How to find your brand's big idea

  1. Products and Services: What is the focused point of difference that your products or services can win on better than competitors?
  2. Consumer Reputation: What is the desired reputation of the brand, that attracts, excites, engages and motivates consumers to think, feel and purchase your brand?
  3. Internal Beacon: What is the internal rallying cry that reflects your brand’s purpose, values, motivations helping inspire, challenge and guide the culture? These words should come from your brand’s soul.
  4. Influencer Reputation: Who are the key influencers and potential partners who impact the brand? What is their view of the brand that would make them recommend or partner with your brand?
  5. Brand Role: What is the link between the consumer and the brand?Try to reflect the way the brand services, supports and enables the consumers. The brand role links the internal and external sides of the brand.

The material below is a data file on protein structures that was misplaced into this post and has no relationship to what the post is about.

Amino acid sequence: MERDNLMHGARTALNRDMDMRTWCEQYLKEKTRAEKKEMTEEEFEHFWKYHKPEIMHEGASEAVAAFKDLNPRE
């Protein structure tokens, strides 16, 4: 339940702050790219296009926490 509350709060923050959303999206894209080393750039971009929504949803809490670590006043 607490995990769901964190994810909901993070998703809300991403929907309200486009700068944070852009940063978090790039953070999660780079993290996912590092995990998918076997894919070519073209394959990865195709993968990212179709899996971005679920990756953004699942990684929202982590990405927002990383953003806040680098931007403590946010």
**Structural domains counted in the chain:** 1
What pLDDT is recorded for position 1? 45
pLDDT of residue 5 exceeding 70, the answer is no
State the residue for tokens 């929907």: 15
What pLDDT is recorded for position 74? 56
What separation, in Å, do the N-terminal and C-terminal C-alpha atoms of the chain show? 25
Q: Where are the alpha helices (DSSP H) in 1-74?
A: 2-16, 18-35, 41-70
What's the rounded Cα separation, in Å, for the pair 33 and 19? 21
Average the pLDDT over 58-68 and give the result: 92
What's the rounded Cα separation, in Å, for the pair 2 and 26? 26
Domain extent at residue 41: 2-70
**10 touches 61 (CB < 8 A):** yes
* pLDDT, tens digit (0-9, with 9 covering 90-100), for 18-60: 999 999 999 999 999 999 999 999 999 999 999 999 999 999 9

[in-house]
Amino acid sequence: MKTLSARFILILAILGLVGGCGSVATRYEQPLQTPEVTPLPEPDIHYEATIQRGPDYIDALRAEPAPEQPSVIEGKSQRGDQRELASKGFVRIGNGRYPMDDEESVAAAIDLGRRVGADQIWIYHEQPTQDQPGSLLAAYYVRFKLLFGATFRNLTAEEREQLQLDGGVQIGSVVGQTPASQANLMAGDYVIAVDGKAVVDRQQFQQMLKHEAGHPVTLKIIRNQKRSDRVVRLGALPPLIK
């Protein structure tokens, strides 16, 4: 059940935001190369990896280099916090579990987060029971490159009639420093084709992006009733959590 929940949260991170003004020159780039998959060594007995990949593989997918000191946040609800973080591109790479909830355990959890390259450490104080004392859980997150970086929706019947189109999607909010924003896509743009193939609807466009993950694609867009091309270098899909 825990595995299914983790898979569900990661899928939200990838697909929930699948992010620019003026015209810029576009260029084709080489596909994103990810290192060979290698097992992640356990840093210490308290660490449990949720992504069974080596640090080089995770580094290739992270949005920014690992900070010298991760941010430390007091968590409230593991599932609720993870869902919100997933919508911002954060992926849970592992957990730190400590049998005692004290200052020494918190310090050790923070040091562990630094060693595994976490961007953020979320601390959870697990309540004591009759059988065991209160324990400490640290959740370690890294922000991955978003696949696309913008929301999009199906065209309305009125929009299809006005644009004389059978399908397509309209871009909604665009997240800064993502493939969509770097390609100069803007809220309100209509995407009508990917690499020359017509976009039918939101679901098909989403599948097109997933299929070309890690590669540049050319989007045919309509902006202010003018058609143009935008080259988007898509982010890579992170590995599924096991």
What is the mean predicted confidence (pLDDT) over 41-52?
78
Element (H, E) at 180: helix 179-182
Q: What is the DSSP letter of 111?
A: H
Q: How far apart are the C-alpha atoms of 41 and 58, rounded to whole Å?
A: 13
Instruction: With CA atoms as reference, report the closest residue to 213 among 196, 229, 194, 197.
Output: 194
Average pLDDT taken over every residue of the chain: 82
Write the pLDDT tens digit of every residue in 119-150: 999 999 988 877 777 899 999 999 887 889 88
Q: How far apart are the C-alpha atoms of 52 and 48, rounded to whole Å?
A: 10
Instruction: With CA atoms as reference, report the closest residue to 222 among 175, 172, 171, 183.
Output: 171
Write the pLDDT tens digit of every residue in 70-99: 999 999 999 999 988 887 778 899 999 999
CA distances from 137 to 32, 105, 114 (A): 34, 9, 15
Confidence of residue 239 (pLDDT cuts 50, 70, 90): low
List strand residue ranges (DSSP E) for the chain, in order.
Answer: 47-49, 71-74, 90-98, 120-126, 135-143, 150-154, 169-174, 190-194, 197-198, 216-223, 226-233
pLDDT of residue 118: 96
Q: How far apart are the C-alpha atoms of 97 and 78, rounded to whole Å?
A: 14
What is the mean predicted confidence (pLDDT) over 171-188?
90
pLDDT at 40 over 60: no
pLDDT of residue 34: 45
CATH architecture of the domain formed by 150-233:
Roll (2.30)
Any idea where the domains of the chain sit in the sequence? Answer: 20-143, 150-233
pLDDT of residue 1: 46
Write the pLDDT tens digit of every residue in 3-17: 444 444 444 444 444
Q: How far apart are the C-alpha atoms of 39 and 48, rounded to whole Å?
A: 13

Step 1: The brainstorm

With a cross-functional team that works on the brand, start the brainstorm by exposing them to all the work you have done on the brand positioning statement, including details on the target profile, brand benefits ladder work and the benefit sort work. Ask the participants to bring their knowledge, wisdom and opinions from where they sit within the organization.

Start with a brainstorm of each of the 5 areas, with 15-20 key words that describe each section. Start with the products and services and brand reputation. Then, move down to the Internal beacon and influencer reputation. Once the 4 sections are complete, brainstorm 15-20 words to describe the brand role.How to find your brand's big idea

Step 2: Narrowing down each section

Next, vote to narrow down the list to the best 3-4 words for each section. You will begin to see a focus around certain themes and key words. Then divide your large group into mini groups and give them the task of taking the winning words and building phrases that summarize each section. Most importantly, this process will help the team move towards alignment.

How to find your brand's big idea

Step 3: Discovering the Idea